PC Refresh or Virtual Desktop Solution?

  • 5
    min read
  • Anunta Tech
  • July 15, 2016

With mobility being the new employee mantra, IT teams are struggling to keep in step with the challenges that the mobile workforce brings. According to Gartner, by 2017 nearly 38% of organizations will embrace BYOD and stop providing devices to its employees. Our conversations with Indian CTOs tell us that mobility is a top concern while BYOD is still some way off, though it is being embraced in niche areas like for agency workforces in Insurance or salesforce in FMCG. But overall, Desktop based systems aren’t disappearing anytime soon and IT heads still have the huge inventory of PC’s that they regularly need to refresh to ensure productivity levels. So many CTOs may find themselves wondering, is it better to refresh my desktop or should I look at virtual desktop solutions and consider thin clients. The answer as always is…. Depends! We discuss three of the most common cases below.


Most organisations follow a 5-year hardware refresh cycle but in India it is not uncommon to come across enterprises that will stretch that to 7 years or beyond! Essentially, it’s a case of if it ain’t broke don’t fix it! In such cases can the IT expect to establish a case for virtualized desktops rather than invest in new PCs? On the face of it, you don’t have to be a genius to say NO! But, these are precisely the cases where business is driving IT to go beyond replace. So can a business case be built in such cases? How do you compare a 35,000 PC price to the initial investment required to bring in the IT efficiency that virtual desktop solutions brings? Point is you need to compare apples to apples. Even if a PC costs you just 35,000, what does support cost? How much power does the PC consume? How much does a data breach cost? And so on. We have found that if IT can think business saving rather than IT saving, a business case can easily be built for replacing 500 desktops with virtualized desktops.


With support to Windows XP coming to an end, enterprises are saddled with multiple systems spread across the company that are now vulnerable to data loss and security breaches. Lack of support to XP may also mean issues with software compatibility which can lead to user dissatisfaction and productivity loss. In such cases CTOs are faced with the question of do they move to Windows 7 or use that as a trigger to transform delivery. As always, in many cases it will be driven by hard numbers. Migrating to Windows7 means investing in Windows 7 licenses and frequently hardware upgrades. Assuming you are ready, to spend on both, what is the residual life of the existing desktop is worth considering. We have found that the additional investment on license and the hardware upgrade, on an already sweated asset, makes little sense, especially when all that investment can come to naught if the PC itself starts to wear out. The same amount when directed towards virtual desktop solution initiative creates an opportunity to benefit from the IT efficiencies while postponing the need to change the PC. As and when the PC wears out it can be replaced with a lower cost TC with benefits of virtualization gained from the start.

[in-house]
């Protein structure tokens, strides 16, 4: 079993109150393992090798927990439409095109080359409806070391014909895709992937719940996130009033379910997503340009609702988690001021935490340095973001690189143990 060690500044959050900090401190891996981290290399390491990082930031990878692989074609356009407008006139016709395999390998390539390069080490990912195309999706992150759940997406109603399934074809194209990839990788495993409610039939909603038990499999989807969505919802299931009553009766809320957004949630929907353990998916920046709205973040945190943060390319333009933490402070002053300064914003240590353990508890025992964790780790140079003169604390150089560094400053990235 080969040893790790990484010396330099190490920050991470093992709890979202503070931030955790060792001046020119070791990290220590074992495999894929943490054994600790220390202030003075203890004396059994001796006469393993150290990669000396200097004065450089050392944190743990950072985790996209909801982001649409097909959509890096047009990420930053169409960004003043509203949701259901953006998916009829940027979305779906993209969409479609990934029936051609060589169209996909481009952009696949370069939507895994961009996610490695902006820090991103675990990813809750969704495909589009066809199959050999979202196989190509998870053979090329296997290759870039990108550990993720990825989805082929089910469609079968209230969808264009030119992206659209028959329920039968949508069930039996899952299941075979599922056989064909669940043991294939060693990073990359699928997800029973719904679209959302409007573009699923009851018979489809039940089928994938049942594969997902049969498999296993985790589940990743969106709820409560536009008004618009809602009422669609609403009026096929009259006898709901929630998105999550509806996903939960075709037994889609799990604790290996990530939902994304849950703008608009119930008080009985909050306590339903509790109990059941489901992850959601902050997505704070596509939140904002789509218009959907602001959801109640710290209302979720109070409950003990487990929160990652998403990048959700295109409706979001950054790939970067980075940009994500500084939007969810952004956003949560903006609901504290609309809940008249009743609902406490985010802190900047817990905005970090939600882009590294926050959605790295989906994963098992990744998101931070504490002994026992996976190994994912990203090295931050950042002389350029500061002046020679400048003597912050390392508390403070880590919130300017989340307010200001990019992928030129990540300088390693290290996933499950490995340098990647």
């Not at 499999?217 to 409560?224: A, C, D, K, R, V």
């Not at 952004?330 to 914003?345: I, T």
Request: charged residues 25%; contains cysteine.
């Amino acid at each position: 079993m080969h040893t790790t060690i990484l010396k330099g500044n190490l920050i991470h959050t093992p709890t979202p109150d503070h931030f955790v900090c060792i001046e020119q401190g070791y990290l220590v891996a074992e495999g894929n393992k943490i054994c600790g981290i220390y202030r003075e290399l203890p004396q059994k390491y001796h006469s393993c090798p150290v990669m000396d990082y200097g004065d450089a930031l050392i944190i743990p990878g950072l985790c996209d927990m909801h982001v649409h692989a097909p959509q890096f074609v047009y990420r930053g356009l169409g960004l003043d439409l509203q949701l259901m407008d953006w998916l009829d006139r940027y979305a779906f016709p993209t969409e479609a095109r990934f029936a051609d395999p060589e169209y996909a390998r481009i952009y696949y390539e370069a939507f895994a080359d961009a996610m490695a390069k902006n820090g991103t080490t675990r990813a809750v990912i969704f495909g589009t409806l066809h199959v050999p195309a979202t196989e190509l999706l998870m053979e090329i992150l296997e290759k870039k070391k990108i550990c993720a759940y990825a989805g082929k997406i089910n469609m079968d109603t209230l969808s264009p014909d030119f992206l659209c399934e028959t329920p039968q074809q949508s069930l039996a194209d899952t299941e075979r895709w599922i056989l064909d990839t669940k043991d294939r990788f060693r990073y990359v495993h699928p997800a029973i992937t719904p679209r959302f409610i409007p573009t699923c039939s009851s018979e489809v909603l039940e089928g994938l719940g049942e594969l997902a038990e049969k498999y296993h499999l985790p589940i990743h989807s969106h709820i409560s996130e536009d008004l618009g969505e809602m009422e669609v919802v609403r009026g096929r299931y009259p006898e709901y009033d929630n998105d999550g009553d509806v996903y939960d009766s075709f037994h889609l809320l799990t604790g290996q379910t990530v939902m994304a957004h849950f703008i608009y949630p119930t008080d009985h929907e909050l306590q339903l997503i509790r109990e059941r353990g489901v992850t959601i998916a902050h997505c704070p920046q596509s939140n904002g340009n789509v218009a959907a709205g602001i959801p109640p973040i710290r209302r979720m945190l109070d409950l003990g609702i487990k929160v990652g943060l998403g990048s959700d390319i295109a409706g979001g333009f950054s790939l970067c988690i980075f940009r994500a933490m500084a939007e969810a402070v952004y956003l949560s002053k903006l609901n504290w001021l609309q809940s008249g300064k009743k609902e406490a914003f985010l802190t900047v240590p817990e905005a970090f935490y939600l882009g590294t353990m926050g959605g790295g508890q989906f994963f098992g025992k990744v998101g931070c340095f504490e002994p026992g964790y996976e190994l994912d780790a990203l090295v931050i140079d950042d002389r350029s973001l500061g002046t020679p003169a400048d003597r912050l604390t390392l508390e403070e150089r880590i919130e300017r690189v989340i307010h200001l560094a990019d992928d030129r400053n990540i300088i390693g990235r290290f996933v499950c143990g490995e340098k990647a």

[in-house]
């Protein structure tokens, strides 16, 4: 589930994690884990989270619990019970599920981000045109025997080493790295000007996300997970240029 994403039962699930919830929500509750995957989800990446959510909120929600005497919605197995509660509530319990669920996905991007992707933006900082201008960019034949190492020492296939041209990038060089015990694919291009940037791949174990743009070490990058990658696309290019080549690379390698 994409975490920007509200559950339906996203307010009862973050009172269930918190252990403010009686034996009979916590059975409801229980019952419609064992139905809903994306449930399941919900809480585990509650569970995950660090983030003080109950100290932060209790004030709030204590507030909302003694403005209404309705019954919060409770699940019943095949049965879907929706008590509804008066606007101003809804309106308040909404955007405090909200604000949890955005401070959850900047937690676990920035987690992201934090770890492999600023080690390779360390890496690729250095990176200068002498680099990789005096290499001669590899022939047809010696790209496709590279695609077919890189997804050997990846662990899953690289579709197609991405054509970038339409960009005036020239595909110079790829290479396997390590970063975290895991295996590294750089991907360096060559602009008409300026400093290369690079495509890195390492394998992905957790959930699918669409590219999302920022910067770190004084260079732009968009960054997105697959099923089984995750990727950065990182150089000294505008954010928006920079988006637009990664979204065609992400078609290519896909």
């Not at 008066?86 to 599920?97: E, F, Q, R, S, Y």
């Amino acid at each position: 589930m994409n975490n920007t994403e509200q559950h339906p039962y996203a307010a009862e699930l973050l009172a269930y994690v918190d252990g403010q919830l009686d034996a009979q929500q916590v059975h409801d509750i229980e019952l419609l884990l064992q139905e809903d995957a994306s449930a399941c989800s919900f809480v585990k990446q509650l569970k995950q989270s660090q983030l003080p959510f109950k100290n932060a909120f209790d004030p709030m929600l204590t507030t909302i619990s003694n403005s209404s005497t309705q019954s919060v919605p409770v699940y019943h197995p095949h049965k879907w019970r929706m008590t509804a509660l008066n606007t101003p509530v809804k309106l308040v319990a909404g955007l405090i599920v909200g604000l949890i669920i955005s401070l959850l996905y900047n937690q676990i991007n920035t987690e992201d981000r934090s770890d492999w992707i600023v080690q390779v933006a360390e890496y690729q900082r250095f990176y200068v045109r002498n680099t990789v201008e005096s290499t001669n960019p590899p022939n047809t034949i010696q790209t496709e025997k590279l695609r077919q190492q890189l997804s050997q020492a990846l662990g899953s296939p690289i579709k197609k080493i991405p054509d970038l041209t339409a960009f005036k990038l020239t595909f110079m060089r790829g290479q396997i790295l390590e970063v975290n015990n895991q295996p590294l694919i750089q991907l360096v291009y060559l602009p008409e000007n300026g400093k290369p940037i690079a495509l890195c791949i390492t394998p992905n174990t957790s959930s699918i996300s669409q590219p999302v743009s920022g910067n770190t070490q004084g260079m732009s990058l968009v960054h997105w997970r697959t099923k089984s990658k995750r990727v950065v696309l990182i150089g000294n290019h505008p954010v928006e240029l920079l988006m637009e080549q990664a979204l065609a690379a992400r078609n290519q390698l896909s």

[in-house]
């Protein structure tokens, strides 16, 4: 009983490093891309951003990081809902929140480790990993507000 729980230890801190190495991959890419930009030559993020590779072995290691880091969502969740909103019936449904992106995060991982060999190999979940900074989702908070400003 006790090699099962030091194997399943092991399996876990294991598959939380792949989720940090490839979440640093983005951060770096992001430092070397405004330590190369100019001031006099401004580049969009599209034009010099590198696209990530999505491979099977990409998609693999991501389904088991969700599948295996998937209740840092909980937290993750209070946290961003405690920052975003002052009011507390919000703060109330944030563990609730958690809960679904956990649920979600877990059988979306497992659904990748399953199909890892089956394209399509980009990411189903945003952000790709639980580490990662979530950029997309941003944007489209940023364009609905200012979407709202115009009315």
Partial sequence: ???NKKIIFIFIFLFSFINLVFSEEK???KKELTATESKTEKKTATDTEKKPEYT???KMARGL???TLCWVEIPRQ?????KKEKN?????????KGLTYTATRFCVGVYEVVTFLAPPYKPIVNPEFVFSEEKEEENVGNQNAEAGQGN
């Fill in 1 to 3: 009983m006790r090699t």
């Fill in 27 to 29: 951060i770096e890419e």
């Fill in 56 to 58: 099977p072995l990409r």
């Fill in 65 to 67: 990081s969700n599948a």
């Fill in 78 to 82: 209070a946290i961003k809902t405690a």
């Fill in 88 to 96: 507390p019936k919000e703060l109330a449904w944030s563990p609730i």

Many visionary CTOs have used business expansion as a trigger to transform. The business case here is not unlike that in the PC refresh case except that you need to factor in your organisation’s refresh cycle and attendant financials to those of a virtualized environment. In addition to the economics this is the “perfect” case to test a new and better technology. It also gives you a clean slate as far as end-users are concerned. So governance and culture around use of desktop & applications can be laid down with no baggage and comparisons to unlimited storage and downloads. With the right partner, IT heads are quickly able to demonstrate the many advantages that virtual desktop solutions can deliver and in our experience never look back.


Every CTO has to find a way to balance being a pragmatist and a visionary. Most CTOs understand that newer technologies such as desktop virtualization have benefits but convincing non-technical managements and boards means justifying the investment with a “business case”. In most cases unfortunately the term business case is usually used to convey the economic case while business value is ignored. Perhaps that is the key to getting support to your desktop virtualization initiative: emphasize the business value while showing you have done enough hard work on the economic case.

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  • License investment: If you’ve spent thousands of dollars purchasing Microsoft Office licenses for your local PCs, you may not want to abandon that investment by switching to G Suite or Microsoft 365 instead, where you will need to pay new subscription fees.
  • Cost: Putting aside the issue of prior investment in licensing, Web-based office software usually requires subscription fees that, in the long run, may exceed the total cost of ownership of on-premises alternatives.
  • Learning curve: Your employees are probably experts in using on-premises applications like Microsoft Word. Moving them to Web-based alternatives will require teaching them new applications and new paradigms for storing and accessing data. You may not have time to teach all of your workers these new skills without disrupting business operations. Your IT team, too, may not be as well-equipped to support a new type of office platform.
  • Security: When you use Web-based office platforms, it becomes harder to isolate sensitive data or choose to keep it offline. Files that your employees create in a Web-based office environment are typically stored on shared virtual drives that, depending on how you configure security settings, may allow users to access each others’ documents, or even expose data to anyone on the Internet.
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